Paying for Performance

Sept. 11, 2020
The new automation model focuses on services that reduce a manufacturer’s financial risks by shifting the responsibility of asset acquisition on to the OEM or technology supplier via performance-based service level agreements or cloud-based subscription.

In February 2020, Robex, an automation and robotics integrator for the food, beverage, building, and container industries, rolled out a unique offering that delivers its custom-made robots in a use-based finance model. This Machine-as-a-Service (MaaS) offering is a flexible way to install automation on the factory floor without having to invest capital upfront. Instead, the customer pays for a successful outcome based on a predetermined agreement around productivity.

The service, called Robex Flexx, is powered by Steamchain, a blockchain-based software used to measure a variety of critical machine productivity parameters in real-time which then calculates transactional payments based on a machine’s overall performance. Robex also throws preventative maintenance into the contract. “If we see a robot is not performing or part of the solution is not working, we are on it right away,” said Craig Francisco, vice president of automation at Robex. “Probably before a customer even picks up the phone, we know there’s an issue and we will fix it immediately.”

Robex is both an OEM and a system integrator. Its history of providing products and services to manufacturers helped the company recognize the need to build out new aftermarket offerings to help its customers deal with industry obstacles—ranging from a skills shortage to the need to improve machine uptime during a pandemic.

“We took action pre-pandemic but I think the concept will gain more traction now as people are open to new ideas and ways of trying to automate,” said Francisco. “The customer is limiting their risk using the Flexx program because we are taking on responsibility.”

And while the risk shifts to Robex, the rewards will be a great, new revenue stream—if they deliver on what is promised.

According to a report from Deloitte called “Aftermarket Services Transforming Manufacturing in the Wake of the COVID-19 Pandemic,” changes in customer demands, increasing market maturity, cyclical fluctuations in new equipment sales, and pressure on pricing are among the major factors driving many manufacturers to seek new aftermarket services revenue opportunities. This shift is taking place because customers are emphasizing service level agreements (SLAs) that guarantee product uptime. These customers are also looking for partners who can proactively support their equipment before it is out of service. In return, the customers are willing to pay a price premium.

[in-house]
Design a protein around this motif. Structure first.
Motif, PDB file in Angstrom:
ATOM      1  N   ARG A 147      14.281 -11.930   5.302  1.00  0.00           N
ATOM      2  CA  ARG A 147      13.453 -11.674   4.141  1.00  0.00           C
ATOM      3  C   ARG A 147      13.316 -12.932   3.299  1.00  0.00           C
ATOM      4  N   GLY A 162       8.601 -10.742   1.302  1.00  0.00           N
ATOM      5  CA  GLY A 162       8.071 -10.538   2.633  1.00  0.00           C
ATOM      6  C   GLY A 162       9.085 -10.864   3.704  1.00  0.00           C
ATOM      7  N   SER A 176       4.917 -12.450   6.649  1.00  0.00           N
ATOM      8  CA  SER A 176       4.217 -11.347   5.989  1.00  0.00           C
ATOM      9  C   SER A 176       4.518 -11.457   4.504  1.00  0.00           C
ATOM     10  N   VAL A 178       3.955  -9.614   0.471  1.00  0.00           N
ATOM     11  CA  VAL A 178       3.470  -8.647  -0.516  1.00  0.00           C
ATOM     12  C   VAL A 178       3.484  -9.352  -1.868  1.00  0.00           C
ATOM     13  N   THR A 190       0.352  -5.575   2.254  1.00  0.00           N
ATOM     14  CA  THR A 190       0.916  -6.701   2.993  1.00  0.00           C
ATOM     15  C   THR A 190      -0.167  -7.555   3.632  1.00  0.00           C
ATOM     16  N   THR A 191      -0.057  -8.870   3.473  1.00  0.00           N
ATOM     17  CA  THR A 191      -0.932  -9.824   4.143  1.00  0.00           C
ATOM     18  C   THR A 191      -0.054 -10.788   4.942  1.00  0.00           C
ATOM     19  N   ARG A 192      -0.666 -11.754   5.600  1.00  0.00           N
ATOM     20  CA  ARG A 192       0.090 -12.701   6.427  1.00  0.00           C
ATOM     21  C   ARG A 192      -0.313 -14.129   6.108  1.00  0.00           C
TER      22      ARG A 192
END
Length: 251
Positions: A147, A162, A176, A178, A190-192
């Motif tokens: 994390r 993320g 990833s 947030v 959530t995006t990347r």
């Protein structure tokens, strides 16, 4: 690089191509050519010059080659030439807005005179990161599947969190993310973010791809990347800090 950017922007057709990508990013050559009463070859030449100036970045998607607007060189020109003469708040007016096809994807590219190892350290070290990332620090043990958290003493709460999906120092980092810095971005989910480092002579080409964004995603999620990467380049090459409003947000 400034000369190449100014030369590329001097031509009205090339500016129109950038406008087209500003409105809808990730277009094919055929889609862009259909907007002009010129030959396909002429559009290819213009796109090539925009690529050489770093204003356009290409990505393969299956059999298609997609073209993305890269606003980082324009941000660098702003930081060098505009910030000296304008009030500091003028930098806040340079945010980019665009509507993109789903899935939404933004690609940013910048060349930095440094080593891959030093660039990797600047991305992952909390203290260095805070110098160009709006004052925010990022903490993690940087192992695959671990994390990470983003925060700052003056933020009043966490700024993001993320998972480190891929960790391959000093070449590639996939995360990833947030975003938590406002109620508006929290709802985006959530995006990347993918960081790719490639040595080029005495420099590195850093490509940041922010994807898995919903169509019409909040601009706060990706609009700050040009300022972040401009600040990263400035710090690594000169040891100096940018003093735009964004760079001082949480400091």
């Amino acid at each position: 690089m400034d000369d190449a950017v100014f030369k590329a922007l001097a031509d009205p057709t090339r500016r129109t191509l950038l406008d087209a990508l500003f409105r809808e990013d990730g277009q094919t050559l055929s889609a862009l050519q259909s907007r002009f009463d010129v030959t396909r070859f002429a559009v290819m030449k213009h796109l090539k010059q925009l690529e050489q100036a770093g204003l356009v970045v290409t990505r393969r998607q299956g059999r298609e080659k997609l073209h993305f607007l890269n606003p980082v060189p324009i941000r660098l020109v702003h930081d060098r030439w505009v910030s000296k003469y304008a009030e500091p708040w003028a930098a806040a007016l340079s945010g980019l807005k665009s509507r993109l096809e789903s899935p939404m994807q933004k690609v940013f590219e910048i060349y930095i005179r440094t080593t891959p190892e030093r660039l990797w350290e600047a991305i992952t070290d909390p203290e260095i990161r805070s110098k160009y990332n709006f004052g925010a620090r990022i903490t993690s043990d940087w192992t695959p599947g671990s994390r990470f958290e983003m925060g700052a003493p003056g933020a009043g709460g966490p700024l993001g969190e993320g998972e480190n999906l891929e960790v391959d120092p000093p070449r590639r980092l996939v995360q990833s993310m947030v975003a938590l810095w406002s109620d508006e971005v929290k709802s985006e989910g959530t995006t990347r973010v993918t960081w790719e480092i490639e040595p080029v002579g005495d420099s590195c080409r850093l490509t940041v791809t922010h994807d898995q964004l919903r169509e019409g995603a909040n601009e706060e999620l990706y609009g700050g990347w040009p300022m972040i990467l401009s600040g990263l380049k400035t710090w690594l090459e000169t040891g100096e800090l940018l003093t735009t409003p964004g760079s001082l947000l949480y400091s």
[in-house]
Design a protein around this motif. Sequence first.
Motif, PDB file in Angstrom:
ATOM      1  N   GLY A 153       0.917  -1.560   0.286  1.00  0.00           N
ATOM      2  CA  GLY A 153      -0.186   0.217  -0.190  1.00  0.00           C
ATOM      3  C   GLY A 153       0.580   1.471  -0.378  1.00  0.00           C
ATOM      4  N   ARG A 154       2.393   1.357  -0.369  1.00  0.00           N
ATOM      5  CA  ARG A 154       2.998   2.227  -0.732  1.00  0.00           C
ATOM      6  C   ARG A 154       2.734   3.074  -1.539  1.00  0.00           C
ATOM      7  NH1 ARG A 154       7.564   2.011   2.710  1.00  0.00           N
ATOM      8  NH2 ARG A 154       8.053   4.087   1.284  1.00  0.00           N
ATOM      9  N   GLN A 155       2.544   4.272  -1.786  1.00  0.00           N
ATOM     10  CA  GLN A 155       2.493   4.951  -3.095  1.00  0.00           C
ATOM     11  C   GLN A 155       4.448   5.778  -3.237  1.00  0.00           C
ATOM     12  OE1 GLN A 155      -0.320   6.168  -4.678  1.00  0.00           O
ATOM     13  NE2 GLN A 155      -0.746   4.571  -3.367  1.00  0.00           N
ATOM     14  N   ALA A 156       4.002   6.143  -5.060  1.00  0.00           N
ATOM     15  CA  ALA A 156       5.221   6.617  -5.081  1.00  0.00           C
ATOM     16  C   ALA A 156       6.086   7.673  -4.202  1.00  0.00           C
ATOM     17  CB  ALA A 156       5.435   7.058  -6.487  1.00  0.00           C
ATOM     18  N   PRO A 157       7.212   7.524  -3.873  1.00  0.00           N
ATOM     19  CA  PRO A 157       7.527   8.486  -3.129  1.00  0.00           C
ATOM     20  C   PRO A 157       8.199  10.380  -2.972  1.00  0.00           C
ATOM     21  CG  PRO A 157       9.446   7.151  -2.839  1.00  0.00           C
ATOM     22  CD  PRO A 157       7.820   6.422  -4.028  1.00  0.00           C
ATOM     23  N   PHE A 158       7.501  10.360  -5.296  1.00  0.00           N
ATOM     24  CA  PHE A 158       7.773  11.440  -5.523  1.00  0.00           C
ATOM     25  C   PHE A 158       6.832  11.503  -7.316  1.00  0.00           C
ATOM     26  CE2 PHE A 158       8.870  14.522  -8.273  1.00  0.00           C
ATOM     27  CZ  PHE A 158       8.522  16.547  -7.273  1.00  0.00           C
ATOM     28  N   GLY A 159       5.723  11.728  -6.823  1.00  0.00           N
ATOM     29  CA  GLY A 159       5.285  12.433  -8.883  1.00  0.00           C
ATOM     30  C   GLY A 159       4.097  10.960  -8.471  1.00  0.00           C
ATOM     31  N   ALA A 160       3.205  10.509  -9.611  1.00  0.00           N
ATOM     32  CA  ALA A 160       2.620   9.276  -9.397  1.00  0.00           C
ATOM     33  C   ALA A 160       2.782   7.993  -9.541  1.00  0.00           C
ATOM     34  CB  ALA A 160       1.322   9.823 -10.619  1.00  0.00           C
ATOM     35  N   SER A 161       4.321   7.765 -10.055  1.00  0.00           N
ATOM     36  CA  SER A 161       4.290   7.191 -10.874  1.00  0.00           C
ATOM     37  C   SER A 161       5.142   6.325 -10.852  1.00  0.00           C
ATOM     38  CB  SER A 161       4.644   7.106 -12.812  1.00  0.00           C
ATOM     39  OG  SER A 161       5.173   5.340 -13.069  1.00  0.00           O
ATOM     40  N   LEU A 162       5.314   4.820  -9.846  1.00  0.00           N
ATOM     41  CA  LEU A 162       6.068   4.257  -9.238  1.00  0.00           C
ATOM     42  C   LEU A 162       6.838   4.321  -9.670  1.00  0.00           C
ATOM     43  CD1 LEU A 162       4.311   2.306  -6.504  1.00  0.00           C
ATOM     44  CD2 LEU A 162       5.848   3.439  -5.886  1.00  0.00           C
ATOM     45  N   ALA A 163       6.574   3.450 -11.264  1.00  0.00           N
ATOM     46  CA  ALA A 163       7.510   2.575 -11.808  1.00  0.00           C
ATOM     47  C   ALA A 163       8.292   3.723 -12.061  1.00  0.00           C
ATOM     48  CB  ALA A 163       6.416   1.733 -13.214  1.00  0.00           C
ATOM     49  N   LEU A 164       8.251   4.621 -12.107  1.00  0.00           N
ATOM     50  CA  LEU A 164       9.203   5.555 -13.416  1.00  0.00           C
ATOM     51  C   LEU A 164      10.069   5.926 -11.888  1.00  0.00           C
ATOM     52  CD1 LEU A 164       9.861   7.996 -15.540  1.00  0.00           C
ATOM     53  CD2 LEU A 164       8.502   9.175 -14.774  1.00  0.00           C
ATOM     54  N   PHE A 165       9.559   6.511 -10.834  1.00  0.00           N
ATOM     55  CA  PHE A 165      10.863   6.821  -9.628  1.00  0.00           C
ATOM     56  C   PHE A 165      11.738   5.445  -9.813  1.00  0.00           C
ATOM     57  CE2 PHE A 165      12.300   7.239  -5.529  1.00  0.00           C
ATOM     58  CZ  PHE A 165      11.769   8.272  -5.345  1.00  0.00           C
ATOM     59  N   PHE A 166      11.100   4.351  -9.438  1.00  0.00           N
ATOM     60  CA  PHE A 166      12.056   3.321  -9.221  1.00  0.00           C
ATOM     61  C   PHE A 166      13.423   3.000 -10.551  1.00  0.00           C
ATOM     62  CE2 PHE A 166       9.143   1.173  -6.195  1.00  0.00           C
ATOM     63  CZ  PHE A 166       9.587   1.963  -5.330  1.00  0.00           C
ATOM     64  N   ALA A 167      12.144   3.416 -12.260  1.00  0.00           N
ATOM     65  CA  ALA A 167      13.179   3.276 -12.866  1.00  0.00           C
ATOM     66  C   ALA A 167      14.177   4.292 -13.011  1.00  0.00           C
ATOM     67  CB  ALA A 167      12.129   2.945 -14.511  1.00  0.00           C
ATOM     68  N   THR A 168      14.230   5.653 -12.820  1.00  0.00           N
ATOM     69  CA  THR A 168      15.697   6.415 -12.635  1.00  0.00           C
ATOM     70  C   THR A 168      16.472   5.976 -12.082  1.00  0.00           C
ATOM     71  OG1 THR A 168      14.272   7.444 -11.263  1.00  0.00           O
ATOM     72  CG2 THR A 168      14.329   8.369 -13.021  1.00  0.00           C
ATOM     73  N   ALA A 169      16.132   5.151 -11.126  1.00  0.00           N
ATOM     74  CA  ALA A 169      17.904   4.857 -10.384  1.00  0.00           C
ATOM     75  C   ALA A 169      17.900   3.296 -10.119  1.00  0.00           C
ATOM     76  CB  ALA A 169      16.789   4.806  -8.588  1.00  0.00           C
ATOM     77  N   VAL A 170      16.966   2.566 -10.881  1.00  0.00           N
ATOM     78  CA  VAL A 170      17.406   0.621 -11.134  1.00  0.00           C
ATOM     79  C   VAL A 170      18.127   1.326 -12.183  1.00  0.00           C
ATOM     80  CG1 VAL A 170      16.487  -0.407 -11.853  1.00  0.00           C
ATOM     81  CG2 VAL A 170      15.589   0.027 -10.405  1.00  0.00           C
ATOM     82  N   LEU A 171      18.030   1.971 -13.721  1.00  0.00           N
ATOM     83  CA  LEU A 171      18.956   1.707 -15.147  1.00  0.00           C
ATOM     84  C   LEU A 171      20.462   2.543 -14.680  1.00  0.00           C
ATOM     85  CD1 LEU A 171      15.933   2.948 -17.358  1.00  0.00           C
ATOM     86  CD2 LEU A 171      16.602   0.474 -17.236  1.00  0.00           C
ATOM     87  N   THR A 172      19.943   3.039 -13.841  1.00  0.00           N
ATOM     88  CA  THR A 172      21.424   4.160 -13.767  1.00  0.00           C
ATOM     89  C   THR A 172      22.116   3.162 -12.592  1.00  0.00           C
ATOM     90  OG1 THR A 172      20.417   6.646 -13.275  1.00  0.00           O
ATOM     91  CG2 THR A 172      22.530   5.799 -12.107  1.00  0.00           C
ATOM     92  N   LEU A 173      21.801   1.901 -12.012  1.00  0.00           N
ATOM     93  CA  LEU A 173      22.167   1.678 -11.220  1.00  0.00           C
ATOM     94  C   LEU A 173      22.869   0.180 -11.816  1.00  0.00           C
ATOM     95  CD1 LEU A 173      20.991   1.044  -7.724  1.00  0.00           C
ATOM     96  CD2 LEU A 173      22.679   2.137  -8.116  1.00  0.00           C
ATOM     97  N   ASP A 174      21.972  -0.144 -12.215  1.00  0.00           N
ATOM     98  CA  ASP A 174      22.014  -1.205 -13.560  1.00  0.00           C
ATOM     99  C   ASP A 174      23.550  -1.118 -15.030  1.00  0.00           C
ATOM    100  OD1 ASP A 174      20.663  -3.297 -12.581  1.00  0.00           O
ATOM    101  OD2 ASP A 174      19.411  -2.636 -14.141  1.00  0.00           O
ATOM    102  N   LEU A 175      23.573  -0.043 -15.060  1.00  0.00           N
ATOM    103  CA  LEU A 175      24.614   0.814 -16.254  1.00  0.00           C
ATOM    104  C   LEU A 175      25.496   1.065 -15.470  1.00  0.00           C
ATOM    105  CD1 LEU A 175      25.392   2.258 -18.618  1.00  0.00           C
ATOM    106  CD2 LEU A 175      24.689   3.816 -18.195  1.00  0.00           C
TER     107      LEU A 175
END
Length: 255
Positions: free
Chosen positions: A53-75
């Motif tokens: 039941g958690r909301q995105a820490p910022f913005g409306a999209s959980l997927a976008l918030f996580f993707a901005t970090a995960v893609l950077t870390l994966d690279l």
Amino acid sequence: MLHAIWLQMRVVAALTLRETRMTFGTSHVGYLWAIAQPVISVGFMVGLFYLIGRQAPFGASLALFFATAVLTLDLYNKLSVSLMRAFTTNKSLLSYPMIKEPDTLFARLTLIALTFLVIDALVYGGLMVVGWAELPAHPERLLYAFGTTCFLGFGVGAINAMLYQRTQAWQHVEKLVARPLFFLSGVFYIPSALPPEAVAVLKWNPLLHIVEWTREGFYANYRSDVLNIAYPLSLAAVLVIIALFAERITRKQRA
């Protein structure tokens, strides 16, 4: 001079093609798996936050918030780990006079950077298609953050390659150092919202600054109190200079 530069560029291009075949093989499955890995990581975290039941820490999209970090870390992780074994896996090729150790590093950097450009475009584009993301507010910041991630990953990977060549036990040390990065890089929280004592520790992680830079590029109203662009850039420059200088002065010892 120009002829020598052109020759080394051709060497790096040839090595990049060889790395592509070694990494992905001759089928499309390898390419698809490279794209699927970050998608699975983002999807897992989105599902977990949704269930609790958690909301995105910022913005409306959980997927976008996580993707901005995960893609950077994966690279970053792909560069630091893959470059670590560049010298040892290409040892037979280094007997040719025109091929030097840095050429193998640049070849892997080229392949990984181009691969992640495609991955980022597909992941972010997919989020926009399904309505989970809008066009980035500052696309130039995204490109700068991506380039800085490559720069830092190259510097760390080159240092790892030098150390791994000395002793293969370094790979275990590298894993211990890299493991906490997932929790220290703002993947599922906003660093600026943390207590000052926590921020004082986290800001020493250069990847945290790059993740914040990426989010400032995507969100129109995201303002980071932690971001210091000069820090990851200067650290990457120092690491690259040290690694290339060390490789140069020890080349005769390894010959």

For this new business model to work, new kinds of partnerships between machine builders and technology suppliers are emerging. “In many cases, the most significant competitor within the aftermarket business is the customer who may handle maintenance and repairs,” said Joe Zale, principal with Deloitte Consulting LLP. “Addressing this requires an ecosystem to work cooperatively and collaboratively with all the players, including hardware and software technology providers, more traditional channel partners, and customers.”

Robex, for example, partnered with Steamchain—a company founded in 2017 by engineers from Rockwell Automation who experienced the need to align relationships between OEMs and end users through accountability. By partnering with Steamchain, a ripple effect was created, putting Robex in a position to form closer relationships with its customers.

“Robex offers Machine-as-a-Service and includes onsite service, so it’s like contract manufacturing under your own roof,” said Michael Cromheecke, co-founder and CEO of Steamchain. “And in this market, it’s not so much about when a machine breaks, but what happens if a machine can run at 200 [parts] per minute and an end user is only achieving 100 per minute, who is responsible for that?”

Many times, it’s not the machine that’s to blame, but the operators, and therefore education becomes an important aspect of aftermarket service. And OEMs are uniquely capable of educating people on their equipment. “The end user wants more support from OEMs, but there’s no model in place today that creates the right linkage, other than to block off time or pay by the hour. We solved that by making it easier to bring automation into play.”

In addition, Steamchain does its part to support its OEM customer, whether it’s having a conversation with the manufacturer’s finance and procurement teams, designing the terms and conditions of the MaaS, or educating the sales and marketing teams to help create awareness, or offering financial services—which is brand new. “When we sign on a new OEM partner, we are partners for life,” Cromheecke said. “Our interest is the same as theirs—to sell more machines on MaaS terms.”

Within the ecosystem of partners, industrial control system (ICS) suppliers offer a lot of value to OEMs and end users alike when it comes to delivering aftermarket services.

The power of partners
If you take a quick glance around the ICS landscape, you’ll notice some unique partnerships emerging. There’s Rockwell Automation and PTC, for example, where Rockwell made a $1 billion equity investment in PTC to have a seat on the board of directors and to create a joint technology road map. In addition, Rockwell recently acquired Kalypso, a software delivery and consulting firm specializing in the digital evolution of industrial companies, as well as Italy-based ASEM S.p.A., a provider of digital automation technologies including industrial PCs, human-machine interface (HMI) hardware and software, remote access capabilities, and secure Industrial Internet of Things (IIoT) gateways. And, earlier this year Rockwell announced it will acquire Avnet Data Security, an Israeli-based cybersecurity provider.